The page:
4. Sandra Lee says:

    This is an interesting discussion. Like Raam, I like it when my commenters comment on other comments on my blog. Maybe that could be encouraged by suggesting it at the end of the post…”feel free to comment on comments…”

    I know many of my commenters have connected with my pals via my blog and vice-versa – so there is lateral connecting happening to some degree.

    How much do people really want/need/look for lateral communication, I wonder? Looking forward to hearing other ideas.

    • Ali says:

      Hi Sandra :)

      I love it too – but strangely, when I comment on comments on other blogs, the thought arises: ‘what if this is stepping on the blogger’s toes?’ It probably isn’t, but because it’s not the norm, i wonder if other people are stopped in their tracks similarly?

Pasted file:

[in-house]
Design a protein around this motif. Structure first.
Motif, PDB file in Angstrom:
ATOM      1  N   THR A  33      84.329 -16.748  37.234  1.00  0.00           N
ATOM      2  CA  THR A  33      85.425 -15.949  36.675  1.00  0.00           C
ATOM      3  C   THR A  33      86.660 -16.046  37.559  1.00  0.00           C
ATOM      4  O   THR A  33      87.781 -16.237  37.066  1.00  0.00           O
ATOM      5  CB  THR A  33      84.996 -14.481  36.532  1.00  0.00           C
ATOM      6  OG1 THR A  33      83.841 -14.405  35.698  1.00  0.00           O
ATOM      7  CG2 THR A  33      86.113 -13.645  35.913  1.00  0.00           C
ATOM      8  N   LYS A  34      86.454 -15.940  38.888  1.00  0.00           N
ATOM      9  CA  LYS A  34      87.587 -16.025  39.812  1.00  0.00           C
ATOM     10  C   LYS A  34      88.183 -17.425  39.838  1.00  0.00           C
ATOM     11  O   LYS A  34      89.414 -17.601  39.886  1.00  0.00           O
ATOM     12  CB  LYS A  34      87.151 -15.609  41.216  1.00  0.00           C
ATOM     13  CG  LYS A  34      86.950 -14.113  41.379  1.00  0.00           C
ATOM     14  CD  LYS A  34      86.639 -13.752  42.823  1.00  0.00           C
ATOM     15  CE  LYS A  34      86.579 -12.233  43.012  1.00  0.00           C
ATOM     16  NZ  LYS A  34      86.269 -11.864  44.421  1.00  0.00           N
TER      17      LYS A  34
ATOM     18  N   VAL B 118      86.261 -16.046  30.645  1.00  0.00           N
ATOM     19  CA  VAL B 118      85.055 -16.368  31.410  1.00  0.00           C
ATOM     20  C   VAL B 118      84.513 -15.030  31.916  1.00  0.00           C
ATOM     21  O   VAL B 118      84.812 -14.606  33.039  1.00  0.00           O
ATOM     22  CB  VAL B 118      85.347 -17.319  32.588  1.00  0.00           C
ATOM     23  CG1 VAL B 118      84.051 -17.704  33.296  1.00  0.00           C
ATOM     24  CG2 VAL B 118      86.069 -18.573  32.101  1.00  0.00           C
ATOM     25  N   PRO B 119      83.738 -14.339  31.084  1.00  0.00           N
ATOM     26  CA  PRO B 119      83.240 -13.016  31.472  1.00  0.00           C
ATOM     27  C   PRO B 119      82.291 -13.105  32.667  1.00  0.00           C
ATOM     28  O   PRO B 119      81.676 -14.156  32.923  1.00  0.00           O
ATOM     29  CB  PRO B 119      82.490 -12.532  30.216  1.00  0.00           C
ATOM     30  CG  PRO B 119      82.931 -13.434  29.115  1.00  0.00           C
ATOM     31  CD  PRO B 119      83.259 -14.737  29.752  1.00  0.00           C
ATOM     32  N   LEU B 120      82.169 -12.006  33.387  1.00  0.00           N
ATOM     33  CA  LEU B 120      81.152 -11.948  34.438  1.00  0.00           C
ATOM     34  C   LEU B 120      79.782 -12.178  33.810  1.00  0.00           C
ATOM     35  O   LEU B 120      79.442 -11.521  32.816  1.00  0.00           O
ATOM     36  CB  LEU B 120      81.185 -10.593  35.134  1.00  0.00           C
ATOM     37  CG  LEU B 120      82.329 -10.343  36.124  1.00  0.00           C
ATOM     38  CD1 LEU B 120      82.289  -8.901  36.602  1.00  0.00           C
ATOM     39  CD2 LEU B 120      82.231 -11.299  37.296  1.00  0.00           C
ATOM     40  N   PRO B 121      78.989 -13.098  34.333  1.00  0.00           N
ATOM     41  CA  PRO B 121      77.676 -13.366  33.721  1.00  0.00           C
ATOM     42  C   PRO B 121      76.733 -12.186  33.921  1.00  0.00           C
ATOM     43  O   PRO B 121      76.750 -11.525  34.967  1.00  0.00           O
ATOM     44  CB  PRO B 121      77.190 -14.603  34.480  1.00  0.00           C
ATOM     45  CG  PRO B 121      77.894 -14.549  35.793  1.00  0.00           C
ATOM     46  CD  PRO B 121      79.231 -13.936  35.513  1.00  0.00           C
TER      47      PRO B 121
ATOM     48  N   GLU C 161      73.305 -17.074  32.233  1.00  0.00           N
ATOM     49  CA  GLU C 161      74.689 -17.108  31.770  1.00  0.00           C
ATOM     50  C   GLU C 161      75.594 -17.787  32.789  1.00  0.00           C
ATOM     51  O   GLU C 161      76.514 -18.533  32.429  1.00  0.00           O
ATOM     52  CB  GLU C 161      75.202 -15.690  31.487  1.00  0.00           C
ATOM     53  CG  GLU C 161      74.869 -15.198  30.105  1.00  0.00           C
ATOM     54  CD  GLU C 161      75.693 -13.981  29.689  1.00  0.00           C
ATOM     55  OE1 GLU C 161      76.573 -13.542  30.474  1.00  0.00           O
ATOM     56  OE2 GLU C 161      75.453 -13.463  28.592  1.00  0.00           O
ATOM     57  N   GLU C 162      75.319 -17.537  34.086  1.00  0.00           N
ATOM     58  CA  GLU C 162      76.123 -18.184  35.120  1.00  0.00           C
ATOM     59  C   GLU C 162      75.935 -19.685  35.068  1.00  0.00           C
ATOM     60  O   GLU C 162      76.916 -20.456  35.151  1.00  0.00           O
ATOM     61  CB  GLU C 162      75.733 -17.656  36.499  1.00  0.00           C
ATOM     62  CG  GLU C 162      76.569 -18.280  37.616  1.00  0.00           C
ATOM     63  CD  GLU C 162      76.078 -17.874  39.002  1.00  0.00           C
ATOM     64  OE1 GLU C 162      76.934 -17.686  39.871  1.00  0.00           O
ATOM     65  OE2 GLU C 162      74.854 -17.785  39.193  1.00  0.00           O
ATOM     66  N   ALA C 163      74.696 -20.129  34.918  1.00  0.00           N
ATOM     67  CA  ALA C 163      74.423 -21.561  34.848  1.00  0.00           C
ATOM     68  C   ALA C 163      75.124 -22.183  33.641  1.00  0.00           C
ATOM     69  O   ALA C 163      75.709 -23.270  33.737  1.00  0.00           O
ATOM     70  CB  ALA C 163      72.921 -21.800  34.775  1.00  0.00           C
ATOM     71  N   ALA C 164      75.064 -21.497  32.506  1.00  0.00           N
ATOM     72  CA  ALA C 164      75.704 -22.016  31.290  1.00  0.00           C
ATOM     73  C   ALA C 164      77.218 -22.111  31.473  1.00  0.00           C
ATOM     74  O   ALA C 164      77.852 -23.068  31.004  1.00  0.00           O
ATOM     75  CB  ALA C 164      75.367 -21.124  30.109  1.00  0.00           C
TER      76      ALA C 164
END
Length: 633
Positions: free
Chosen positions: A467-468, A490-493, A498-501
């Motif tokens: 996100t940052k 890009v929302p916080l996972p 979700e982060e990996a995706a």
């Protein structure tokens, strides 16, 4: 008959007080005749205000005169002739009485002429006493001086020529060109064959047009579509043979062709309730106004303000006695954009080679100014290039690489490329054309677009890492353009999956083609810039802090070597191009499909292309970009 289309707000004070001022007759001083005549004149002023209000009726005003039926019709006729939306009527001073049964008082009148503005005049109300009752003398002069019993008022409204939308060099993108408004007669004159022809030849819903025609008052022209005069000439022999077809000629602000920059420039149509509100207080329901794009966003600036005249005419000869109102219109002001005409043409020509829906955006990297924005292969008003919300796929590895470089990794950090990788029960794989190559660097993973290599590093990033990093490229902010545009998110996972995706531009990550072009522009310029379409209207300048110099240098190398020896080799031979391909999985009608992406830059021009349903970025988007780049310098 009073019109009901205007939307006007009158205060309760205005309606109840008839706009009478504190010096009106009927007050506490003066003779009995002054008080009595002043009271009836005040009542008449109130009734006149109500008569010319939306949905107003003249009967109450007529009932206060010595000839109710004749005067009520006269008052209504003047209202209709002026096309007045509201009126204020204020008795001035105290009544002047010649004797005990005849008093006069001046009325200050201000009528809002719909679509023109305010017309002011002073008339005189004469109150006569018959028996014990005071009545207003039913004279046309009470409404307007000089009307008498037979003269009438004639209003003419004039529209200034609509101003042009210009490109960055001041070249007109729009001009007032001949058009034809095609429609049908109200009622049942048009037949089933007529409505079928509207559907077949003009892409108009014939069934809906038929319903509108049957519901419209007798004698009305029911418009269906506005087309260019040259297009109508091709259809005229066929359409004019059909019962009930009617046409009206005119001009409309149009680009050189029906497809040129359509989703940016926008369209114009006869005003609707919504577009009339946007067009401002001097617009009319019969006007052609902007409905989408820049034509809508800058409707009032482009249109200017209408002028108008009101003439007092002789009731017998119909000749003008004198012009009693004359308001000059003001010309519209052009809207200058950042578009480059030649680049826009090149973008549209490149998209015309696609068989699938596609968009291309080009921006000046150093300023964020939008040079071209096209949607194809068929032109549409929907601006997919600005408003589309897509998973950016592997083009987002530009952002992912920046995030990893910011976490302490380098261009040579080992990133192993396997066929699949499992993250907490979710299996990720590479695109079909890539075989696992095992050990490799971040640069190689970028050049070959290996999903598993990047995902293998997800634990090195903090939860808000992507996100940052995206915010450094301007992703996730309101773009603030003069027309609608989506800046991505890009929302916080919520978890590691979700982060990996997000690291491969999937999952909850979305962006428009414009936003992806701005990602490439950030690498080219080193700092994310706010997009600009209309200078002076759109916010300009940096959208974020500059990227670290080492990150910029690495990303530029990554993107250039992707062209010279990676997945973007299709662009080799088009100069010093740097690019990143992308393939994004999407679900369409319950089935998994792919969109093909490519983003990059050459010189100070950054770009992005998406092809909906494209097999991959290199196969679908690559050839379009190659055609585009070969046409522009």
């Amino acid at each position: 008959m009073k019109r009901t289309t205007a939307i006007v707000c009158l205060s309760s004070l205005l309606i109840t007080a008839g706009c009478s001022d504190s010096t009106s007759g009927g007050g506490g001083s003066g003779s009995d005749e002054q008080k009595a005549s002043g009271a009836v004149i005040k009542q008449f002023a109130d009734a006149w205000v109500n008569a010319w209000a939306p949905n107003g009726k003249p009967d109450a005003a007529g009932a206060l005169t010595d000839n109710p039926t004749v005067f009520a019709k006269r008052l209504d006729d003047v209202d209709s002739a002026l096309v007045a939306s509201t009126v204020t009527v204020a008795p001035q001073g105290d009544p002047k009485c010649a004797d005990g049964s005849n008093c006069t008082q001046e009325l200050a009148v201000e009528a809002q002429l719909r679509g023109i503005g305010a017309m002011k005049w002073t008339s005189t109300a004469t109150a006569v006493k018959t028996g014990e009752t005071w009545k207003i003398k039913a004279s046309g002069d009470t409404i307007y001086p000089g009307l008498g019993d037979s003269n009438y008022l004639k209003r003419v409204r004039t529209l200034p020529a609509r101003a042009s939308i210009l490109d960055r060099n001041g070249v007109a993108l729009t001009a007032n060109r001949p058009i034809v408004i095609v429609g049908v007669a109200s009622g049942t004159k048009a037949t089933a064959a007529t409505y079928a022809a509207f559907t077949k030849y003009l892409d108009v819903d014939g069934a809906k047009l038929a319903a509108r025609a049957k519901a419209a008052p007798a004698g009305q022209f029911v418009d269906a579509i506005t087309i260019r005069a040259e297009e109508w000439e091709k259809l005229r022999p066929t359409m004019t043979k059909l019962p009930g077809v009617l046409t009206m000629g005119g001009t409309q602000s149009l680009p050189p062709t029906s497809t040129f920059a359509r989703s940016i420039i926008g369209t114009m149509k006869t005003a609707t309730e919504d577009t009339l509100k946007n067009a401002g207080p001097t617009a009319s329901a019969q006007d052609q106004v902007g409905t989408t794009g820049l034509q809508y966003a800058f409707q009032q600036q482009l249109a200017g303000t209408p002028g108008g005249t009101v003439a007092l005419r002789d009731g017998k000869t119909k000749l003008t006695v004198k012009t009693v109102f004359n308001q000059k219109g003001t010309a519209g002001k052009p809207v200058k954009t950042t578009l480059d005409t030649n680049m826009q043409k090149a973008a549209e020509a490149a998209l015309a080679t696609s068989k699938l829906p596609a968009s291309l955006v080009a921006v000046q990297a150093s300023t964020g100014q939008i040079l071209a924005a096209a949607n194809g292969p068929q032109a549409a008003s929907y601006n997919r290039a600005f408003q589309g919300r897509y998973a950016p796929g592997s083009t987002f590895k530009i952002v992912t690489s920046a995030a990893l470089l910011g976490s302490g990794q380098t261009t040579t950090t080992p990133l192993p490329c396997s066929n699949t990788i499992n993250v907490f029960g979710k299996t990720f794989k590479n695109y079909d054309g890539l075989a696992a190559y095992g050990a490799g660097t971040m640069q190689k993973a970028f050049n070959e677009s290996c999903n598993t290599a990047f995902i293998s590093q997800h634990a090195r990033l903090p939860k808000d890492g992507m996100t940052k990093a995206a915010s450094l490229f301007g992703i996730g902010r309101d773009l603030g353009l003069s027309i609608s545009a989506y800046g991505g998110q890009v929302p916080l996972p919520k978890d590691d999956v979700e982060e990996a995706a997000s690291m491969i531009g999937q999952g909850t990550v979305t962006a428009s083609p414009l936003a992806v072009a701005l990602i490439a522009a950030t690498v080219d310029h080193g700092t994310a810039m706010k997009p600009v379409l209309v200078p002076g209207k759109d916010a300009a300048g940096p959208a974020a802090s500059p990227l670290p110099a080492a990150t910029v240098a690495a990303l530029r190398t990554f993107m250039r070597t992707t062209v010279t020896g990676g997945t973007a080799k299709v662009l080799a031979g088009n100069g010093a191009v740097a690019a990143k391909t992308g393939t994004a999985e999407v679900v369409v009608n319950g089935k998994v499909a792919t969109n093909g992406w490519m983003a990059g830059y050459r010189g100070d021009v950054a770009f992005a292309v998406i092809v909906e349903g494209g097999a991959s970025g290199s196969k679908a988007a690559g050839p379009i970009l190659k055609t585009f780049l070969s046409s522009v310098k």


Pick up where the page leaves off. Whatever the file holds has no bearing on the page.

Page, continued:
5. Bill Gerlach says:

    I’m a bit late to the chat here, but the image that comes to mind based on connecting the nodes as you put it, Ali, is that of a brain forming:

    Each blog/blogger and each commenter is a neuron in this developing Brain of Change. When we connect/link/share/tweet/friend/skype we create synapses between those neurons. As more and more synapses are created the Brain takes on more form and can begin to function as a whole. At some point, we will reach the tipping point when enough neurons and synapses are formed to allow for a New Consciousness to emerge in totality.